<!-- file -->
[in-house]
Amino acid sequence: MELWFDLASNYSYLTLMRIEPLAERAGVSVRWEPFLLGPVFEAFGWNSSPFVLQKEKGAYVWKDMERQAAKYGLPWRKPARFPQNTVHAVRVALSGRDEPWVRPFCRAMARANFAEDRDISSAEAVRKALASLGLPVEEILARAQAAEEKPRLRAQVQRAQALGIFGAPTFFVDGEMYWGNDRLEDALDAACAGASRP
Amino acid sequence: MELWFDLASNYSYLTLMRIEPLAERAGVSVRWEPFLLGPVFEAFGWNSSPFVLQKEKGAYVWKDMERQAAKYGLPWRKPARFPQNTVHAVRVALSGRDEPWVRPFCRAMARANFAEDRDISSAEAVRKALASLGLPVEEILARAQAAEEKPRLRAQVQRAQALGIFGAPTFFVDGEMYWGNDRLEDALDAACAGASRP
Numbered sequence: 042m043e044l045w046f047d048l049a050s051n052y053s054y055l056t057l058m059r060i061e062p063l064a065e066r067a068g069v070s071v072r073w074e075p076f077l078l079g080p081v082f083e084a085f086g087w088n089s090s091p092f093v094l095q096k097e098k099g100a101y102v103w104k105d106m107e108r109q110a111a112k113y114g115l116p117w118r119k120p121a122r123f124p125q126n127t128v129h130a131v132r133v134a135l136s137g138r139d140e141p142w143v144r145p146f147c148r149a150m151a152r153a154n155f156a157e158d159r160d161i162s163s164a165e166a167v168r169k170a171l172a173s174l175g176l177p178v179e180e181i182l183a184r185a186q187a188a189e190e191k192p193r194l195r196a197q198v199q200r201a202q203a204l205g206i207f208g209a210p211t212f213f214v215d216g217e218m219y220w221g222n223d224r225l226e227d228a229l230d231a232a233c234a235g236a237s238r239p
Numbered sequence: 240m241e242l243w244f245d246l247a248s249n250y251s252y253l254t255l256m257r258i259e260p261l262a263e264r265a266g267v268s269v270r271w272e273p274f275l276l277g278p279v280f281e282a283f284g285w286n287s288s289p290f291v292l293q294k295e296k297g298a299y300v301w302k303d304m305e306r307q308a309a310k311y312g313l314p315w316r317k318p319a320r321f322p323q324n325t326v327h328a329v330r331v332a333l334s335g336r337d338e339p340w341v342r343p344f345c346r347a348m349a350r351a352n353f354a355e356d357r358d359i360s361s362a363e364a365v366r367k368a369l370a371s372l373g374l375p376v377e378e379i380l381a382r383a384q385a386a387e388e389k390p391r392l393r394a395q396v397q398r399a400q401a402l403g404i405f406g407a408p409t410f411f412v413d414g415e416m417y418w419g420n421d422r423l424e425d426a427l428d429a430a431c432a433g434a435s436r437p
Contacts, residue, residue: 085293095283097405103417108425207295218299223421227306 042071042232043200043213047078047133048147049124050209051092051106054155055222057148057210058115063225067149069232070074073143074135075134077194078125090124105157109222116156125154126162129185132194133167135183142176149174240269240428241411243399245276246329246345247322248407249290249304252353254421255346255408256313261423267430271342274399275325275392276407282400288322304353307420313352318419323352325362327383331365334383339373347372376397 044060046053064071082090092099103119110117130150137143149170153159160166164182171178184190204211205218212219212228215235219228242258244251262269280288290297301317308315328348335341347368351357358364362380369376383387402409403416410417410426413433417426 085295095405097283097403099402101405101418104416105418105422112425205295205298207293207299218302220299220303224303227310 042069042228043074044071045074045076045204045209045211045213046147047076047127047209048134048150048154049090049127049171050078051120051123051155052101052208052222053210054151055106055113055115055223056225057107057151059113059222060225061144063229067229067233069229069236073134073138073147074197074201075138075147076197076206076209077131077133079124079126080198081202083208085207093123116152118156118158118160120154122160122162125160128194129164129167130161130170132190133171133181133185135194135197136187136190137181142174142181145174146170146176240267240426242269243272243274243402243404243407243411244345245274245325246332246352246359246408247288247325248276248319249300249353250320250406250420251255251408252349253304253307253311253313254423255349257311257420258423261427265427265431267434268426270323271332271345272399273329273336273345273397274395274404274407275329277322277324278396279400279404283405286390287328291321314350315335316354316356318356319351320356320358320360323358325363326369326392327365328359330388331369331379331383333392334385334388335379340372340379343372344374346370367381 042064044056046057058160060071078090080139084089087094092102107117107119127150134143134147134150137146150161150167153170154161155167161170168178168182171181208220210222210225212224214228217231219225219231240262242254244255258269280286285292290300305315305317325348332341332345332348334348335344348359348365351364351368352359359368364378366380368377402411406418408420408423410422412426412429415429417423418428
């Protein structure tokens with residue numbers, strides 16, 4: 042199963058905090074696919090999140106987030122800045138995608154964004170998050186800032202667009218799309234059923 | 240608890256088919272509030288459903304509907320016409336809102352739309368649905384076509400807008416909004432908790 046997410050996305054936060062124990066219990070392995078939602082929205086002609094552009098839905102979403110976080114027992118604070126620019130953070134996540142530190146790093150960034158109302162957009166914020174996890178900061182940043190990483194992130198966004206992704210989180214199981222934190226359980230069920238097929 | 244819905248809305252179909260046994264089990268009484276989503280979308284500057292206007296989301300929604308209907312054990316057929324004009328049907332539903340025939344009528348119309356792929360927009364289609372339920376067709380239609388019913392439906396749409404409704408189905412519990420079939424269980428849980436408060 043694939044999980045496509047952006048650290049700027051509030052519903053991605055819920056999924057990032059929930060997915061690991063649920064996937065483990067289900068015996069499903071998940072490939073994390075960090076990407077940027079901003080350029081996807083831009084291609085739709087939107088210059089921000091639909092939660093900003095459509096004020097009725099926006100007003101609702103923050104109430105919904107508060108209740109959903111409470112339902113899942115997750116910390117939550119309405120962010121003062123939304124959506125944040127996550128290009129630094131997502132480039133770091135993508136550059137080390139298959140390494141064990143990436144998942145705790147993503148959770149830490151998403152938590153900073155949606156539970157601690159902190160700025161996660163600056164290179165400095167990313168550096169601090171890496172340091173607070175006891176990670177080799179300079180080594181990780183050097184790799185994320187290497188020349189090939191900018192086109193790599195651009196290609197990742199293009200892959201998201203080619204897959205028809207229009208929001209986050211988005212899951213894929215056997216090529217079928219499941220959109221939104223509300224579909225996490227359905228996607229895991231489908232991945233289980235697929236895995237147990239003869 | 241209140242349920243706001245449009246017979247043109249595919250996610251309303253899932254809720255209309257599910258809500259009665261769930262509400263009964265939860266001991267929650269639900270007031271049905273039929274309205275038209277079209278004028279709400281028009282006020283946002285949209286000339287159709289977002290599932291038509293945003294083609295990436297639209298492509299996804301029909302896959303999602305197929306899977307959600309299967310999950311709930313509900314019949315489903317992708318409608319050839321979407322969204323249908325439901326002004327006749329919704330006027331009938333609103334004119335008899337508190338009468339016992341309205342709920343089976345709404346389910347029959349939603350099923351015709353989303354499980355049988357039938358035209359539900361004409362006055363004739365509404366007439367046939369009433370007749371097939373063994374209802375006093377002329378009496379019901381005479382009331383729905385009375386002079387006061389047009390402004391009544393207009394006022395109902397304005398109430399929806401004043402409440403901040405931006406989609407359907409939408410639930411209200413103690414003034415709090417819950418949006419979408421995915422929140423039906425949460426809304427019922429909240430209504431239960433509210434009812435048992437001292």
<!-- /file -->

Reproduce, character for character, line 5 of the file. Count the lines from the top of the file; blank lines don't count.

Numbered sequence: 240m241e242l243w244f245d246l247a248s249n250y251s252y253l254t255l256m257r258i259e260p261l262a263e264r265a266g267v268s269v270r271w272e273p274f275l276l277g278p279v280f281e282a283f284g285w286n287s288s289p290f291v292l293q294k295e296k297g298a299y300v301w302k303d304m305e306r307q308a309a310k311y312g313l314p315w316r317k318p319a320r321f322p323q324n325t326v327h328a329v330r331v332a333l334s335g336r337d338e339p340w341v342r343p344f345c346r347a348m349a350r351a352n353f354a355e356d357r358d359i360s361s362a363e364a365v366r367k368a369l370a371s372l373g374l375p376v377e378e379i380l381a382r383a384q385a386a387e388e389k390p391r392l393r394a395q396v397q398r399a400q401a402l403g404i405f406g407a408p409t410f411f412v413d414g415e416m417y418w419g420n421d422r423l424e425d426a427l428d429a430a431c432a433g434a435s436r437p